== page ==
Warming sea leads to coral bleaching on Barrier Reef

Scientists warn coral bleaching on Australia’s Great Barrier Reef could spread to multiple locations if warming sea temperatures don't go down

Photo by: AFP (Archive)
Photo by: AFP (Archive)

This undated handout photo received on March 1, 2016, shows coral bleaching at Lizard Island off the Australian state of Queensland.

Scientists on Tuesday warned coral bleaching was occurring on the Great Barrier Reef as sea temperatures warm, and it could rapidly accelerate unless cooler conditions blow in over the next few weeks.

Authorities cautioned last year that the world faced a mass global coral bleaching event driven by the warming effects of the El Nino weather phenomenon, and the ARC Centre of Excellence for Coral Reef Studies said it was a growing concern.

"Current reports of coral bleaching on the Great Barrier Reef do not equate to a mass bleaching event," said the centre's director Terry Hughes, based at James Cook University in Townsville in Queensland state.

"But we are concerned about a growing incidence of minor to moderate bleaching at multiple locations along the reef as the peak of summer approaches."

Bleaching is a phenomenon that turns corals white or fades their colours, threatening a valuable source of biodiversity, tourism and fishing.

It occurs when reef symbiosis -- the mutually beneficial relationship between two organisms that inhabit corals -- is disrupted by a rise in ocean warming, although there can also be other causes.

Janice Lough, senior research scientist at the Australian Institute of Marine Science, said the next few weeks were crucial.

"The latest Bureau of Meteorology forecasts suggest that we could see significant above average temperatures through the month of March, which may mean more bleaching ahead for corals on the Great Barrier Reef unless we get some windy and cloudy weather soon," she said.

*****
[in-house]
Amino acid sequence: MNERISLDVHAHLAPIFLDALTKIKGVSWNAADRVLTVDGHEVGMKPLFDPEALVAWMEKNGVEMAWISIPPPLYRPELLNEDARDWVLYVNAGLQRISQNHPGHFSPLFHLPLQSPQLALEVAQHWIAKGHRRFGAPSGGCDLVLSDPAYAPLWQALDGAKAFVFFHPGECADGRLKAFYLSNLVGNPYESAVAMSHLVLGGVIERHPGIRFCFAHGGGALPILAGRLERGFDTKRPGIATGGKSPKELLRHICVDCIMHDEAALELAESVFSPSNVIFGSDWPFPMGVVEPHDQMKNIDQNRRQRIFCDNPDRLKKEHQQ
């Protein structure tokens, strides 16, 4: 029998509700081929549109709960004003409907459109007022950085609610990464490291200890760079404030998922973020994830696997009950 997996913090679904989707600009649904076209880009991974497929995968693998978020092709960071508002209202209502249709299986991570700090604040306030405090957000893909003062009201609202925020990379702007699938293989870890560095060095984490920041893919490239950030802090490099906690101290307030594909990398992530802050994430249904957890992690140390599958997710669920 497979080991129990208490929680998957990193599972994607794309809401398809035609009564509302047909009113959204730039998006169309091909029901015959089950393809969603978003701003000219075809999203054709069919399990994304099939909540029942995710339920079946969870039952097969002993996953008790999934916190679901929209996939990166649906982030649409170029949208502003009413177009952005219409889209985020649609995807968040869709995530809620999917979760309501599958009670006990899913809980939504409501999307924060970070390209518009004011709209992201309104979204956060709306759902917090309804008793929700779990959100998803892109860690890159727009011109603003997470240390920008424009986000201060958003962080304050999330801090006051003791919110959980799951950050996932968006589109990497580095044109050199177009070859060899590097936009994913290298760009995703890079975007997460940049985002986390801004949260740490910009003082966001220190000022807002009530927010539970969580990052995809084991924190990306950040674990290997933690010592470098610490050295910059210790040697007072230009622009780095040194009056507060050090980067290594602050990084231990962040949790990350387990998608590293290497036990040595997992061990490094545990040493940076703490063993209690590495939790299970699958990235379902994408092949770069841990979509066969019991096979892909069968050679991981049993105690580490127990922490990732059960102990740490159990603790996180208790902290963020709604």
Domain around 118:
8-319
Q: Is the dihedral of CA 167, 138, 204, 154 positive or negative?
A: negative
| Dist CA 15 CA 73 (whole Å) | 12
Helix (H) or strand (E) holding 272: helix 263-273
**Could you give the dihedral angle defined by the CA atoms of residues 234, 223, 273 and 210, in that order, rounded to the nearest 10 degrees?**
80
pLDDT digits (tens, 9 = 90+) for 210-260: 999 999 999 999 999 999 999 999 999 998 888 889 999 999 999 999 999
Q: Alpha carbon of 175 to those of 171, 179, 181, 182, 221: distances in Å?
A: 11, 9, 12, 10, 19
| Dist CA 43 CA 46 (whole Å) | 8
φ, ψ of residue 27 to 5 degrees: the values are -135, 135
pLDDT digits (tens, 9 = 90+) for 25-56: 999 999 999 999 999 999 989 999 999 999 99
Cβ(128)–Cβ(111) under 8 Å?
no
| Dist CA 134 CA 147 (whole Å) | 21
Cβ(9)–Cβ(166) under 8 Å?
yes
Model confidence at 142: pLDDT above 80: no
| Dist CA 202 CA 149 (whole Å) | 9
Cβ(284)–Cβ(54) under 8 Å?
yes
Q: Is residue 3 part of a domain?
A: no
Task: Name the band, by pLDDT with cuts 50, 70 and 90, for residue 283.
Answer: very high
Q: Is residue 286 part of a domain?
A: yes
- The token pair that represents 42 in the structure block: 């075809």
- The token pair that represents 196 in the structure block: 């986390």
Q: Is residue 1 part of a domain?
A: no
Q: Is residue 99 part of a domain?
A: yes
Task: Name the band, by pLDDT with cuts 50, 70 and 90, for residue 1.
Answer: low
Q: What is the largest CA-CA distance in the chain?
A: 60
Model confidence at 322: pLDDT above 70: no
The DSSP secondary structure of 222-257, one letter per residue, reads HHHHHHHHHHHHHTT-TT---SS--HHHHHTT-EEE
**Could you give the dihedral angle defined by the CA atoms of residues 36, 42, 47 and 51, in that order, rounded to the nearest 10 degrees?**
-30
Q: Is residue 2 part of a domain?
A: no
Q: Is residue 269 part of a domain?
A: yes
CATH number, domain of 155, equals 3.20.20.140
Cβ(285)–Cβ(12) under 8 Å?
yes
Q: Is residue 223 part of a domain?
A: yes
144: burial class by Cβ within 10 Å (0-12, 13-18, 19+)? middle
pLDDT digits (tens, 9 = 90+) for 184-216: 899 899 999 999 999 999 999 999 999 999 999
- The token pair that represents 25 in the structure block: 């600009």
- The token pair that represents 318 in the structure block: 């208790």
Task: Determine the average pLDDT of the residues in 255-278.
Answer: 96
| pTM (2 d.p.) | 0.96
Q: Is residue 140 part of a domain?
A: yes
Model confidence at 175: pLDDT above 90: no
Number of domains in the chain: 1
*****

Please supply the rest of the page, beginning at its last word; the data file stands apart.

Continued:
The Barrier Reef -- the world's biggest coral reef ecosystem -- is already struggling from the threat of climate change, as well as farming run-off, development and the coral-eating crown-of-thorns starfish.

It narrowly avoided being put on the UN World Heritage in danger list last year with Canberra working on a plan to improve the reef's health over successive decades.

A study by the University of Queensland and the US National Oceanic Atmospheric Administration in October said only two previous mass coral bleaching events had been recorded in history and Hughes said he hoped the reef would avoid a similar fate.

"We have been closely monitoring conditions on Australia's coral reefs for the past six months," he said.

"The best outcome is that the bleaching doesn't get any worse, but if it becomes more widespread, we are ready to mobilise a network of scientists to document the extent of the bleaching, which will help us understand how the reef is responding to successive major bleaching events."

WWF-Australia said a wide variety of corals were being impacted.

"Global warming -- fuelled by burning fossil fuels -- is increasing the water temperature and bleaching coral reefs," said WWF Great Barrier Reef campaigner Louise Matthiesson.

"Right now, the Great Barrier Reef is on a knife-edge."

One of the worst mass bleaching episodes on record, which affected reefs in 60 tropical countries, took place in 1998, when the El Nino weather pattern was exceptionally strong.

The phenomenon occurs when trade winds that circulate over waters in the tropical Pacific start to weaken and sea surface temperatures rise.